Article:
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It's cold. The days are growing shorter. The winds are bearing down from the north with a vengeance that belies the balmy temperatures of only a few days ago. It's the season of darkness and retreat to the indoors, at least for those of us in the northern latitudes. Every single world culture has stories that are told this time of year to bring hope, and to explain this annual retreat of the sun. In Greek mythology, Demeter loses her daughter Persephone to the underworld for half the year, her return to Earth signaled by the longer days and verdant greens. In the stories of the Northwest Coast Native Americans, Raven brings the light to the people by shapeshifting and stealing the light from the chief. Along with the stories, most of the world's religions celebrate the return of light during this season, whether we call it Christmas, Hannukah, Eid or Diwali. Since humans put words to their world, they have sought to express hope at those darkest of times.

Seeking the light is almost a primal urge. Look at any campfire, and you'll find those gathered around mesmerized with the dancing flames. When the moon is full, faces turn to bathe in that magical light. In my neighborhood, and many others, the lights right now are electric rather than solar powered, but they still draw our eye as they twinkle after dark. I enjoy looking at all the light displays I pass, but find those simple electric candles, flickering out every window of a home, the most compelling display, perhaps because they shine hope in their utter simplicity.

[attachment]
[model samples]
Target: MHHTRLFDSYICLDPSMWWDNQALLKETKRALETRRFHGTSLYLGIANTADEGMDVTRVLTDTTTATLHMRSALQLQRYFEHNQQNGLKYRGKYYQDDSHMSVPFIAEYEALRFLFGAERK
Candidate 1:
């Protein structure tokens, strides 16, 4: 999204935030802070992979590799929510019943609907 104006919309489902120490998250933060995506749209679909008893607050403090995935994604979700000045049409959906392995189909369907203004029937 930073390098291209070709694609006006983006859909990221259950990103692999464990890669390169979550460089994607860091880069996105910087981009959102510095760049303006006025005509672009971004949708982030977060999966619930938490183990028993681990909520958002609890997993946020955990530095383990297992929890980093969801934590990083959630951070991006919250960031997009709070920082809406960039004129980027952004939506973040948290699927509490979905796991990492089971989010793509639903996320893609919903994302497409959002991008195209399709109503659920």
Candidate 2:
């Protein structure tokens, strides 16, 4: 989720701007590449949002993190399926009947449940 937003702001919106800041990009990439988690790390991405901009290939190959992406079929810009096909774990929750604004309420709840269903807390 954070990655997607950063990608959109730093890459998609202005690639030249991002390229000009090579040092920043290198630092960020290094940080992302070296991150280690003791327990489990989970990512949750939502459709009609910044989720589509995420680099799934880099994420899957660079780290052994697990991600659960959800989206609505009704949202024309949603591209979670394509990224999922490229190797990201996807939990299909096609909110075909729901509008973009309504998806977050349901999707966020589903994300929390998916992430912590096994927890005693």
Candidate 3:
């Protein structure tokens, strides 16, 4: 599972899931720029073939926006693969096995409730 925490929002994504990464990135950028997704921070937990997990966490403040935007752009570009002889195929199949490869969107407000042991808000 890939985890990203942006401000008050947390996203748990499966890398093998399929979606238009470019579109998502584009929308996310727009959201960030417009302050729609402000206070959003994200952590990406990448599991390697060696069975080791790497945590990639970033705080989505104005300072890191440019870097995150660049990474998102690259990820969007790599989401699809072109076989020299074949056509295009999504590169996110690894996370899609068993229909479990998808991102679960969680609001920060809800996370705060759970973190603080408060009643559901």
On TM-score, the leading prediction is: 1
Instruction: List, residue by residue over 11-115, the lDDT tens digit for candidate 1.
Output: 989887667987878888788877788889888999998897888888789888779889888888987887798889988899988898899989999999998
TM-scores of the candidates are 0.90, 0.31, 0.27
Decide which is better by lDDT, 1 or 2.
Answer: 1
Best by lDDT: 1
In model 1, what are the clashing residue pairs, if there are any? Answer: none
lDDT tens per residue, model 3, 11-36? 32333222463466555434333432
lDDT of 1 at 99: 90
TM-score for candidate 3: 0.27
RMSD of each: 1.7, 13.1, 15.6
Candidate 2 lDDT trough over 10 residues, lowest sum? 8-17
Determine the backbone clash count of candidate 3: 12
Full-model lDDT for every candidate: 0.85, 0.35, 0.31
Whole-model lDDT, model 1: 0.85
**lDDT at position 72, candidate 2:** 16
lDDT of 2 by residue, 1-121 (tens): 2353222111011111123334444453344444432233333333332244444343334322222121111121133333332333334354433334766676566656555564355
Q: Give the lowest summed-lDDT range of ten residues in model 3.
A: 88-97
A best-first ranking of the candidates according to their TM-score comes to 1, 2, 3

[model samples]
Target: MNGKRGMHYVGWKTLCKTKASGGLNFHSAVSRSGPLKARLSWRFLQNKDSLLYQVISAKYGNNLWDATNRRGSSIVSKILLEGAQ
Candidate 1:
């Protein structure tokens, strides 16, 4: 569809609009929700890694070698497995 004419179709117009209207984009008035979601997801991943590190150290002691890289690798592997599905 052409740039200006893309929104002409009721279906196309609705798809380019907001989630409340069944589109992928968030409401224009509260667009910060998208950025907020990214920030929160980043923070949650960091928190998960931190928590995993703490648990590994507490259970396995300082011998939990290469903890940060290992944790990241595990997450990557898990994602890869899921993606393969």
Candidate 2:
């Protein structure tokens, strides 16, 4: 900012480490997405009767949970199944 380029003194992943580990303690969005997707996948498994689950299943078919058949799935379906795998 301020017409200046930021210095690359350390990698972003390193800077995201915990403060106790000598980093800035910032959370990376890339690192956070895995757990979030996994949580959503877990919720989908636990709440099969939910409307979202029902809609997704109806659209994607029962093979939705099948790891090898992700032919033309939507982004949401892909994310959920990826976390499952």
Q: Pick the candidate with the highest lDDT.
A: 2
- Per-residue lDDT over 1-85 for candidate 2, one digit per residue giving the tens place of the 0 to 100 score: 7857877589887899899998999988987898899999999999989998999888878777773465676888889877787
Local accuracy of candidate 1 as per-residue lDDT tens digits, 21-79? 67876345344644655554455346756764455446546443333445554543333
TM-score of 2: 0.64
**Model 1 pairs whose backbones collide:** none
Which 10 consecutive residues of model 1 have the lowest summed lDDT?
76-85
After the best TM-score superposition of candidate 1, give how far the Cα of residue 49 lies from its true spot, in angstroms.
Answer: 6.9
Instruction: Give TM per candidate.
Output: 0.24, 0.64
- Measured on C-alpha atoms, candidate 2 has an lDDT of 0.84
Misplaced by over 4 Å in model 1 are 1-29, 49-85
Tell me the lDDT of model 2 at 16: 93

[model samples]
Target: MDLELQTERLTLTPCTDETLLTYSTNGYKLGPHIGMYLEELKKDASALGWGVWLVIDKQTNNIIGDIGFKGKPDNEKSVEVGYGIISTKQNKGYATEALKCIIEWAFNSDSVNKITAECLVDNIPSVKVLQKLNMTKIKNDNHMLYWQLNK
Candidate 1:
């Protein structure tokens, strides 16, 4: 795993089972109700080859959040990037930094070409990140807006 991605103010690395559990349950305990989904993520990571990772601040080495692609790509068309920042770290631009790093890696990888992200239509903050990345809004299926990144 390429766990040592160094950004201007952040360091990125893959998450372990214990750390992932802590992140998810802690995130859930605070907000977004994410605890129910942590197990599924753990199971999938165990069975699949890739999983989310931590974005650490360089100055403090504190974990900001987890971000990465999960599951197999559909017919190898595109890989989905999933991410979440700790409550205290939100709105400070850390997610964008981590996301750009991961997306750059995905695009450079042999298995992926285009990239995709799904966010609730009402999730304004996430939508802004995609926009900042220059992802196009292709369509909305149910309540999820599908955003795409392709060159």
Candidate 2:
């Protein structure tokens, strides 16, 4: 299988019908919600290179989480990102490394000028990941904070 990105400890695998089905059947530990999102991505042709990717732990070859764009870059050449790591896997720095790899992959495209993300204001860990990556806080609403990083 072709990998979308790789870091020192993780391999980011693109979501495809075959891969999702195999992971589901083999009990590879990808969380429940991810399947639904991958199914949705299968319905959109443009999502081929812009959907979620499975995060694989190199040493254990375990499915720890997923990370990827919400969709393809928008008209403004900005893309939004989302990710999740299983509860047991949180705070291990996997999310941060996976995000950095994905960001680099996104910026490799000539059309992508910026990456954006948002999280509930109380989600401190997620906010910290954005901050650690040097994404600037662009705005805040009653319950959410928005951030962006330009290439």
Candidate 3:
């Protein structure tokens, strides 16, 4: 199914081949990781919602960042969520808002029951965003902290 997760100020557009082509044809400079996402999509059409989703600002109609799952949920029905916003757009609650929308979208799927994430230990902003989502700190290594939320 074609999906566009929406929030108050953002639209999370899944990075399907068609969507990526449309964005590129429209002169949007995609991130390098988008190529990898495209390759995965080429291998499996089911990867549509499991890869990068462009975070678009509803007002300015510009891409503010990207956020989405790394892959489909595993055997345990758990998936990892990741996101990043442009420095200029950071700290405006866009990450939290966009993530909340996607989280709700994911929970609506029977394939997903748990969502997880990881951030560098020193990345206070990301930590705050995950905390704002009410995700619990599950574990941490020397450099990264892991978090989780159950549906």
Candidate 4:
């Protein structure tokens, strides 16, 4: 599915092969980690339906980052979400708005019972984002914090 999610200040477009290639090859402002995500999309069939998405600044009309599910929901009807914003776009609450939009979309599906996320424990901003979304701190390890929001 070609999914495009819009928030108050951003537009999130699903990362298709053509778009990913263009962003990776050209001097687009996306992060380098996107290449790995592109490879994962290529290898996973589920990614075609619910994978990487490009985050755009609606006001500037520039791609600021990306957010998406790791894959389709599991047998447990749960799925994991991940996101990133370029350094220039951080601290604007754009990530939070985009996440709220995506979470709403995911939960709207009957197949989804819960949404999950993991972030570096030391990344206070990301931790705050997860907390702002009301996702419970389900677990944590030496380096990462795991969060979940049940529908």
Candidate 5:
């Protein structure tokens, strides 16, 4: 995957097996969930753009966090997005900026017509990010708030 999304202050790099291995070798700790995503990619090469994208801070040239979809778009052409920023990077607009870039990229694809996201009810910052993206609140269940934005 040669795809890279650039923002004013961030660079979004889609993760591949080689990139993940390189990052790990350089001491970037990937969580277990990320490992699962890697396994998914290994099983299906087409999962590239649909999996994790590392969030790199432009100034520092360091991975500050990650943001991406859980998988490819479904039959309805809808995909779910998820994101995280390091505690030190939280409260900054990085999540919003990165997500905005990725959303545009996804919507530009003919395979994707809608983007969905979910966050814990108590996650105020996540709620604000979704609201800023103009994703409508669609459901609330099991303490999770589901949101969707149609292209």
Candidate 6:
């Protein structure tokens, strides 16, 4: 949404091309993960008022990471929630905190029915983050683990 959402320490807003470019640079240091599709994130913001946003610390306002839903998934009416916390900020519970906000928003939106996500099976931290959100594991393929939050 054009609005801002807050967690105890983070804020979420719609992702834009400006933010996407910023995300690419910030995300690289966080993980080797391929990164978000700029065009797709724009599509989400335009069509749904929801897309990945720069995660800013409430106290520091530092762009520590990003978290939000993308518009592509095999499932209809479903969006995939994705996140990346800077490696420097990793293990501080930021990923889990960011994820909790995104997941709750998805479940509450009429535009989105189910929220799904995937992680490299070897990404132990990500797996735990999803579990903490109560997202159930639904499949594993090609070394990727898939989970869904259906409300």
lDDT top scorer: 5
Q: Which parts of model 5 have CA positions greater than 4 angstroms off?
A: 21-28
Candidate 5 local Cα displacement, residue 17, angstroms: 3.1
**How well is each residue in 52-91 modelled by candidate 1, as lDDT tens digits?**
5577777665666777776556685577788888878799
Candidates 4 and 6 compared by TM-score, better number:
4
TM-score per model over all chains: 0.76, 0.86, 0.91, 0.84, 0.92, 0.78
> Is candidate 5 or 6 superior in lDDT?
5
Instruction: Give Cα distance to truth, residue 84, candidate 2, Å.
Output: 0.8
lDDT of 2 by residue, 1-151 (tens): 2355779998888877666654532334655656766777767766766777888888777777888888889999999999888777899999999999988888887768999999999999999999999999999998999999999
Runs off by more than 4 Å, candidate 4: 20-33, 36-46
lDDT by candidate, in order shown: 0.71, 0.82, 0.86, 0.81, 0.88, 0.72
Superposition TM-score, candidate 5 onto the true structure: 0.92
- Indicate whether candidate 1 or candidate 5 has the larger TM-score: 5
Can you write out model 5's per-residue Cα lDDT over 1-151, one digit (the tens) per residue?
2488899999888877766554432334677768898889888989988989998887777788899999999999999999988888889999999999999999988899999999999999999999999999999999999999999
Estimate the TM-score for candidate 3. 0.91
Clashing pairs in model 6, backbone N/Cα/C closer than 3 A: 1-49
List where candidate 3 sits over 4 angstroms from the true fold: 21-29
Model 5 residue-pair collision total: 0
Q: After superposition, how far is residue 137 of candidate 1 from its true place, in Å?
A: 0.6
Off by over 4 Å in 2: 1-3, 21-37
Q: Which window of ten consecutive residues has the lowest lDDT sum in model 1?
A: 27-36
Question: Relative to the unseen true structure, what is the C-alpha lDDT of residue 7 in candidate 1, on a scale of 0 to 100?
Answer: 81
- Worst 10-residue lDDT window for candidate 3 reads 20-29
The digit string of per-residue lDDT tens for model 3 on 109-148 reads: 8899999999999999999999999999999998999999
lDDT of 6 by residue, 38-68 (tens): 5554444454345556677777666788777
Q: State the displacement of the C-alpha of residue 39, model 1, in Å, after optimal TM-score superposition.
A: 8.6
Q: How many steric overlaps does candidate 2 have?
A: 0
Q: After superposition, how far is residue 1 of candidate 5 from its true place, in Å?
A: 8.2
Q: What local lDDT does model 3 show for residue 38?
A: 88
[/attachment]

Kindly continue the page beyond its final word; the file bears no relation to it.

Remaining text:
We seek the light, because the light is a symbol of hope. In my own family this year, even as we race toward the longest night of the year, we celebrate that a symbolic long night for our son is finally coming to an end. He's fought his dragon and come out victorious. In just four days, he will leave the family home in these cold northern latitudes, starting afresh in the sunny desert of Arizona. Sure, he's seeking a geographic change to help him through this next phase of his hero's journey, but it seems somehow appropriate that as he comes out of his own personal darkness, he hastens the return of light and hope by moving toward it.

For the past few years, we've asked nothing more than to have our son back, tossing out this "imposter" who'd taken up residence in his skin. Finally, this Christmas, we've received the gift of our son, returned to us, even as he spreads his wings and flies away. For those who share our faith, this is almost akin to the grander story of this season, the one that has a Son visit earth for a time before returning to his ultimate destiny.

Enjoy the season. May your darkness fade in the light of hope, whatever your spiritual path.